According to Papercup CEO, Jesse Shemen, the agreement kicked in immediately after the companies signed it in October 2022. “We’re doing end-to-end dubbing using our automated platform, harnessing our proprietary synthetic voices and human-in-the-loop to ensure the utmost accuracy of the translation,” Shemen told Slator.
He added, “The partnership will be reviewed in two years. We’re aiming to turn around up to 10 videos a day for Bloomberg to be distributed on YouTube.”
The deal mainly involves Spanish content for Latin American and US audiences. It will see Papercup localizing “hundreds of hours” of global news coverage, financial market analysis, and documentaries, which are expected to “reach millions of viewers in the next year,” Bloomberg said.
The contract underscores that a broader set of enterprise clients is growing increasingly comfortable using synthetic voices in widely published content. Asked how long it took them to localize the minute-and-a-half Biden Bali video included in the announcement, Shemen replied, “We’re currently turning around up to 10 videos like this in less than 24 hours.”
The CEO explained Papercup’s human-in-the-loop workflow for the Bloomberg project thusly: “After machine translation and synthetic voices are created, our translation experts quality check the translation and have control over the synthetic voice to make sure the accuracy is high and all technical or brand terms are accurately applied. Lastly, they can adjust the voices for specific inflections, intonations, and emphasis.”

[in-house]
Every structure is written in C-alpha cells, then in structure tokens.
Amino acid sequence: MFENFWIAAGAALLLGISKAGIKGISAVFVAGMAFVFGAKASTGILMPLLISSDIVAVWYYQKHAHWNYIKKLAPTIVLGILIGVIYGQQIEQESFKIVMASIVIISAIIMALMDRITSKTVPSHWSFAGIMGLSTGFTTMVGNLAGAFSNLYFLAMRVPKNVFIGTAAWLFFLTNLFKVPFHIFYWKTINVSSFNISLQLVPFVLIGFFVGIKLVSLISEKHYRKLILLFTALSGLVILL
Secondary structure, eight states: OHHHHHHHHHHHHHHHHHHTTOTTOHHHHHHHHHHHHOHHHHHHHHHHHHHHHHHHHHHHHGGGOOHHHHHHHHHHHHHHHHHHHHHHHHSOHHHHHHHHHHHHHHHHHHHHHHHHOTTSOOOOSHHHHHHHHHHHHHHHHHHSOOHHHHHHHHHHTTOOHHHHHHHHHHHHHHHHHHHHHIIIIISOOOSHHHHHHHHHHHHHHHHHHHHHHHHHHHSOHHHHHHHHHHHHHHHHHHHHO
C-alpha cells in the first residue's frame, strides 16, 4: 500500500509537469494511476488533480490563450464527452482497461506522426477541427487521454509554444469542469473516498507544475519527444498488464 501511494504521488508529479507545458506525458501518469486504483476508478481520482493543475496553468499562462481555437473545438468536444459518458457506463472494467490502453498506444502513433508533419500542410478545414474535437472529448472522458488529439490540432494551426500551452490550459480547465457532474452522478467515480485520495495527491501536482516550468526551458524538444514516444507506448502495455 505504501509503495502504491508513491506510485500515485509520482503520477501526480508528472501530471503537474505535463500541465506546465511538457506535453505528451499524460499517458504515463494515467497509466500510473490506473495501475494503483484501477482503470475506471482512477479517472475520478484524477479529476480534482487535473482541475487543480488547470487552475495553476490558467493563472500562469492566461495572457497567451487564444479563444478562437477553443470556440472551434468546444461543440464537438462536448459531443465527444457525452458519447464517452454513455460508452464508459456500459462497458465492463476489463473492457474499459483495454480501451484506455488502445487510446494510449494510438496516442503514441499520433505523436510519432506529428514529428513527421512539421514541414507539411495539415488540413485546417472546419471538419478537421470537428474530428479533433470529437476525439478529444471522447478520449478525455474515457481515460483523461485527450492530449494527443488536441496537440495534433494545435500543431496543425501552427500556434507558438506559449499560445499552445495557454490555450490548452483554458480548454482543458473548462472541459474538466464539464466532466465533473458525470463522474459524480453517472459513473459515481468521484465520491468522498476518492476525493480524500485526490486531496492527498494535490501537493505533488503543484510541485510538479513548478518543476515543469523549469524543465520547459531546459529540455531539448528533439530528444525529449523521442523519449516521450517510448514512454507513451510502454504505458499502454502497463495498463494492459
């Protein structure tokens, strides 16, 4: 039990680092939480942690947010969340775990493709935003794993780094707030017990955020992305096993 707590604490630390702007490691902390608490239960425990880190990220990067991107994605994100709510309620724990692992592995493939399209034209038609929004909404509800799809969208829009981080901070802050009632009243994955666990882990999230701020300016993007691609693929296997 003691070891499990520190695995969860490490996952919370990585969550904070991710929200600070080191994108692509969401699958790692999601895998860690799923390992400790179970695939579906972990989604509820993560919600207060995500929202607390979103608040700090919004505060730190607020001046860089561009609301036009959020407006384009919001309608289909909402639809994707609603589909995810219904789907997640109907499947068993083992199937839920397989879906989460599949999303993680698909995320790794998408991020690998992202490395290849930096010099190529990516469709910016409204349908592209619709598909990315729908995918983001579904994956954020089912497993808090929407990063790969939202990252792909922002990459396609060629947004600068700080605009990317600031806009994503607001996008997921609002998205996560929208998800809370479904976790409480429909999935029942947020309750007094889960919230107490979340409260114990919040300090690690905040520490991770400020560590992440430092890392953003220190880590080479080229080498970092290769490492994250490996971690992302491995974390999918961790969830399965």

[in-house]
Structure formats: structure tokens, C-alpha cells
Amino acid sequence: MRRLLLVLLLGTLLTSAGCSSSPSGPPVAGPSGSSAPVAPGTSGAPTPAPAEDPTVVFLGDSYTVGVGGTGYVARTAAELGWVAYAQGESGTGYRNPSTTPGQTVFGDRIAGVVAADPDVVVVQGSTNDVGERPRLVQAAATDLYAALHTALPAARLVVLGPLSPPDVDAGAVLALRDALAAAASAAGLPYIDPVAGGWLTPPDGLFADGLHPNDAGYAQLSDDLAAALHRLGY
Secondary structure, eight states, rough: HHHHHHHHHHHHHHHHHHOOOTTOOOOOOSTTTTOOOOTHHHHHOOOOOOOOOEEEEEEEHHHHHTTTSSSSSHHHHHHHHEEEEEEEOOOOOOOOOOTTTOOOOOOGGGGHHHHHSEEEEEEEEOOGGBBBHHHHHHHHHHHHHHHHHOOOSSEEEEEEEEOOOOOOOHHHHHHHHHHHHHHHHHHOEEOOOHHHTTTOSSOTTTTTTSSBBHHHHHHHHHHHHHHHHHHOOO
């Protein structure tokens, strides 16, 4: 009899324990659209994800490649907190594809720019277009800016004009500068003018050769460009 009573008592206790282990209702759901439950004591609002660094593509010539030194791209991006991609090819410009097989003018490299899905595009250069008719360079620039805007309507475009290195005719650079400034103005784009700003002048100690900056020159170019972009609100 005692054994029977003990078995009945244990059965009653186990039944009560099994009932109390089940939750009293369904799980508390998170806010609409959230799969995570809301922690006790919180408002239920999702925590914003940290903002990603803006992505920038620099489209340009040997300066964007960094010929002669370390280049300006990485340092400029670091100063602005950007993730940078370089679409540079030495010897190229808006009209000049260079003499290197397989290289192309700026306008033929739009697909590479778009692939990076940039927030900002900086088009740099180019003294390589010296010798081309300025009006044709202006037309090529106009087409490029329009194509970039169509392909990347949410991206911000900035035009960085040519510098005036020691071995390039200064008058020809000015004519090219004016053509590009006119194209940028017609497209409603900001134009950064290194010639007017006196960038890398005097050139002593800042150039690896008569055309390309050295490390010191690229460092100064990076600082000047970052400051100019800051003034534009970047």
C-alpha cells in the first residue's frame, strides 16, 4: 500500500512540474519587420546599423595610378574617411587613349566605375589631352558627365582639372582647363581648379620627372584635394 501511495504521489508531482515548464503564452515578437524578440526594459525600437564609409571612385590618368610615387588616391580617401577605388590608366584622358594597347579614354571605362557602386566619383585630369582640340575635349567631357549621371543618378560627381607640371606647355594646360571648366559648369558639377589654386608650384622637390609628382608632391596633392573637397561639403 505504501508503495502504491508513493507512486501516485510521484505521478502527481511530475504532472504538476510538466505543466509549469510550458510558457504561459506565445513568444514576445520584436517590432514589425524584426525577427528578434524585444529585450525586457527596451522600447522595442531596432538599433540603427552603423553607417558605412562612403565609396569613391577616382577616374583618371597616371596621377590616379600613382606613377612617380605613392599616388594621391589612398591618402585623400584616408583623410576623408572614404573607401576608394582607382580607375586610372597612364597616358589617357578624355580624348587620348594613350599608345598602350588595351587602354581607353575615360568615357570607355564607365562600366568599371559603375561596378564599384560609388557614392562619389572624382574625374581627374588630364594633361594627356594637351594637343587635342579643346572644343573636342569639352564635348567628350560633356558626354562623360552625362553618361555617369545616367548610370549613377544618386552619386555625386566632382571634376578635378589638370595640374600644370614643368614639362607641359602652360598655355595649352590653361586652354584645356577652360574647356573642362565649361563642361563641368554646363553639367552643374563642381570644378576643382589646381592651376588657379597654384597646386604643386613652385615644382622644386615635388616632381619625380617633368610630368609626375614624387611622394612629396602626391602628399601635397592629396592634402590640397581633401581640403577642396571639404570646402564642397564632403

Shemen said they “build optimization and expertise at project level to increase overall quality and efficiency.” Meaning, Papercup’s translators, no matter where they are in the world, can come together to work on specific projects, such as the Bloomberg deal.
Another Papercup client is Insider (fka Business Insider). On their engagement with the New York-based news outfit, Shemen said, “We have seen natural and gradual expansion to other platforms and other languages, but nothing has been agreed to yet. With Insider, we’re experimenting across Facebook, Snapchat, YouTube, and others in five languages.”
Back in 2020, the startup’s founders imagined a future where Papercup worked “in parallel with lip-syncing, so that the audio would match the lip-movements and vice-versa” (e.g., NeuralGarage, Synthesia). Any progress on that front?
“That is still something we look forward to including in our roadmap. However, based on market demand, lip-syncing seems to be quite low on the list,” Shemen told Slator.
According to the Papercup founder, “Our customers care more about a scalable dubbing solution that sounds human and allows them to localize content they previously couldn’t because of cost and turnaround times.”
Shemen said the team will focus on what he described as “more visual localizations” as the demand for it emerges and when they “start tackling more expressive [content], such as feature films.”